“When con­sumers adopt new tech­nolo­gies, they do old things in new ways. When they inter­nal­ize tech­nol­ogy, they begin to do new things.”      — James McQuivey, For­rester vice pres­i­dent and prin­ci­pal analyst

We have one foot firmly planted in a post­dig­i­tal world, a place where dig­i­tal is “fun­da­men­tal, not exper­i­men­tal,” and increas­ingly human­ized, enhanc­ing all facets of life. In Spike Jonze’s lat­est film,Heran arti­fi­cial intel­li­gence oper­at­ing sys­tem becomes the object of one man’s love. Her her­alds a not-too-distant future, in which extra­or­di­nary tech­nolo­gies are deeply per­sonal and commonplace—or as McQuivey might say, a time when humans inter­nal­ize dig­i­tal and invent new ways to use it.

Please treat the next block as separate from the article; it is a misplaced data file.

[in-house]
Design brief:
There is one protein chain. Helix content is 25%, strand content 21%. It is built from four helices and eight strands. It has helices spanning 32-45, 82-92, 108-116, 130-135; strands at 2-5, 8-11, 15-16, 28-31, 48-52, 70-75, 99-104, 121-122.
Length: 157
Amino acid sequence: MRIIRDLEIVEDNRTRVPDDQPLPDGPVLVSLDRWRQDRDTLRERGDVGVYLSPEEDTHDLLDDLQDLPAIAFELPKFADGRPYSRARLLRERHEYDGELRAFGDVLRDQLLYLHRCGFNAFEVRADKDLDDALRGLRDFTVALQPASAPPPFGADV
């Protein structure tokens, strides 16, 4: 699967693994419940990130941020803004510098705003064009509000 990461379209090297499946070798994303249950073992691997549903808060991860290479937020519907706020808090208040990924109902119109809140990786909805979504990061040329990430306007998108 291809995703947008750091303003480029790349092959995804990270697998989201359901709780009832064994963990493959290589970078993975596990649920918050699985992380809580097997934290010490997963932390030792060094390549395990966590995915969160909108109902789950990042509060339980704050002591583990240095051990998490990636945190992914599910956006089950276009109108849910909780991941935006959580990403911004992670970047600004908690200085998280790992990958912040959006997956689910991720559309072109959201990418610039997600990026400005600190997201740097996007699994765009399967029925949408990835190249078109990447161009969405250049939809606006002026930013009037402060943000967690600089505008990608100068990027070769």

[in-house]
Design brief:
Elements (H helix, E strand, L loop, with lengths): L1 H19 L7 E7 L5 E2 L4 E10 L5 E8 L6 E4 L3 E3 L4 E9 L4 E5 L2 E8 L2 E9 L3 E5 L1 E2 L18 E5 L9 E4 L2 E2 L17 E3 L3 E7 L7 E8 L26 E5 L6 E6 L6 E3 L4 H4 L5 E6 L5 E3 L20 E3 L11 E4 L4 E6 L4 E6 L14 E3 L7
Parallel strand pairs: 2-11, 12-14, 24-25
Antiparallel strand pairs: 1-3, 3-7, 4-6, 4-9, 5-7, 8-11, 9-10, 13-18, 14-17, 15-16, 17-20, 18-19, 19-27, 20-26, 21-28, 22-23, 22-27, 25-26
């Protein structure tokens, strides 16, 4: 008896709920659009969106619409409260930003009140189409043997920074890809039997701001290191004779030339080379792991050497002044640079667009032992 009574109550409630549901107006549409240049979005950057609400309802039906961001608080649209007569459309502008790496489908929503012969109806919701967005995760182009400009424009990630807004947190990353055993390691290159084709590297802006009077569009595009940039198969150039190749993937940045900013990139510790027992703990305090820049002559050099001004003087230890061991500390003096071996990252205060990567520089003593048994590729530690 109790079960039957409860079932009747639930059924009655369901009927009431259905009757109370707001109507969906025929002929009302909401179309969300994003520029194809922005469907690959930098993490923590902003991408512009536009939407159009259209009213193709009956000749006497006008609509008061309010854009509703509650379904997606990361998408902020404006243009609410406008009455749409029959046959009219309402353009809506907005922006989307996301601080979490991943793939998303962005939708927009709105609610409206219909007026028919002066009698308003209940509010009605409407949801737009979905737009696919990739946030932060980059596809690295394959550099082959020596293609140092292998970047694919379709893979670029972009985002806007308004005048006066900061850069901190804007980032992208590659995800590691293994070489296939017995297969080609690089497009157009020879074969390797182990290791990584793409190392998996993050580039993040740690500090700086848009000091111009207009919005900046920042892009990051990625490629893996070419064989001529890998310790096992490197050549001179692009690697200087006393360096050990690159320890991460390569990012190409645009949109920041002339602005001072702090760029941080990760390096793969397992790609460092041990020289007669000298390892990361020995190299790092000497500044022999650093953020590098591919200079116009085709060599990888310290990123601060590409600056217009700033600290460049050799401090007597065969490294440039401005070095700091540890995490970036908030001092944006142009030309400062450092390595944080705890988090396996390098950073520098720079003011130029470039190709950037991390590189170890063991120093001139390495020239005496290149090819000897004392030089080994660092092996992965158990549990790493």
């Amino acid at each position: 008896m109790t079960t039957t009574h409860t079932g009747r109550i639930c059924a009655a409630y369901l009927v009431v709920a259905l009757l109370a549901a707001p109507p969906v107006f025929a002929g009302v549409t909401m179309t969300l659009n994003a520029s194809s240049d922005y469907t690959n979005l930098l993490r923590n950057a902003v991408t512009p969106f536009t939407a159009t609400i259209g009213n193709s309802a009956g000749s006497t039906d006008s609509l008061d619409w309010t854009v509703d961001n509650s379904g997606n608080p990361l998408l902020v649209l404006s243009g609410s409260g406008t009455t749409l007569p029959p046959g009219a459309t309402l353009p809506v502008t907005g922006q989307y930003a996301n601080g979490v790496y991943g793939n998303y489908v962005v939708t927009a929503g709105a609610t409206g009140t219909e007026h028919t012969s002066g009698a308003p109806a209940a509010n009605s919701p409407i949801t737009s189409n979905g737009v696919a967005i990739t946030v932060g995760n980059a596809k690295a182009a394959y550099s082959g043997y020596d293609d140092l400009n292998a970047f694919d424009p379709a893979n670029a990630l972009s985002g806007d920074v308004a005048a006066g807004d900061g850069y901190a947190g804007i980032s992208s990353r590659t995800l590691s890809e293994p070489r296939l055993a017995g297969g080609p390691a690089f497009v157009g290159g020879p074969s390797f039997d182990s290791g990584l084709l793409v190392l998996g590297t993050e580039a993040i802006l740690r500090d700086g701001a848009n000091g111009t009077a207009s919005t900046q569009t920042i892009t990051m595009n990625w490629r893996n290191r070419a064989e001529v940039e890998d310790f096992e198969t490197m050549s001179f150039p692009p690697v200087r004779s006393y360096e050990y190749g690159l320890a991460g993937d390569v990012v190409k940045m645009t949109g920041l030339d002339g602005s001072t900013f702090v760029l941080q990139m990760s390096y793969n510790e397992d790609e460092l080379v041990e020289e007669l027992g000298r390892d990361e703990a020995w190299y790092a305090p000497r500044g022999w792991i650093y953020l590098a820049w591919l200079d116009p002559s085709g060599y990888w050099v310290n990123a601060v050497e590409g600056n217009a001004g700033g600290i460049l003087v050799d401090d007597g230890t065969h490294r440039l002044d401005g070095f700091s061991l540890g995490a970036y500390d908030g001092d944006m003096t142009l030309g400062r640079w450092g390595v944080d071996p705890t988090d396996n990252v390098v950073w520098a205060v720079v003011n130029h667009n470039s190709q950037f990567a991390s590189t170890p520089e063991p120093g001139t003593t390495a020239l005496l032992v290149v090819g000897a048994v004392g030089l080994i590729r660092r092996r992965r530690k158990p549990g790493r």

Mobile, per­haps more than any other con­sumer tech­nol­ogy, has accel­er­ated the advent of a post­dig­i­tal age. Smart­phones and tablets are chang­ing how peo­ple social­ize, get around, engage with brands, and shop. Mobile mar­keters have to think beyond scal­ing web­sites to smaller screens and find more human and life-enhancing ways to con­nect with cus­tomers and influ­ence sales.

The Mobile Opportunity

Portable devices are ide­ally suited to bridging—if not obliterating—the digital-physical divide. This post rounds out my Mobile Mad­ness series, in which I share ways to develop a mean­ing­ful mobile mar­ket­ing method inspired by cus­tomers and cen­tered on solu­tions. There are many untested strate­gies in the emerg­ing mobile field, but one thing is cer­tain: Dig­i­tal is merg­ing with offline and tra­di­tional chan­nels to cre­ate seam­less, customer-driven experiences.

If you’re ready to design a far-reaching mobile method, you can’t go wrong using mobile to empower indi­vid­u­als’ in-store and in-person inter­ac­tions. In a mobile future, web­sites, phone reps, brick-and-mortar shops, and in-store sales reps are still relevant—we will just find new ways to inte­grate them with our dig­i­tal lives. Here are four ways to enhance the in-person expe­ri­ence with mobile.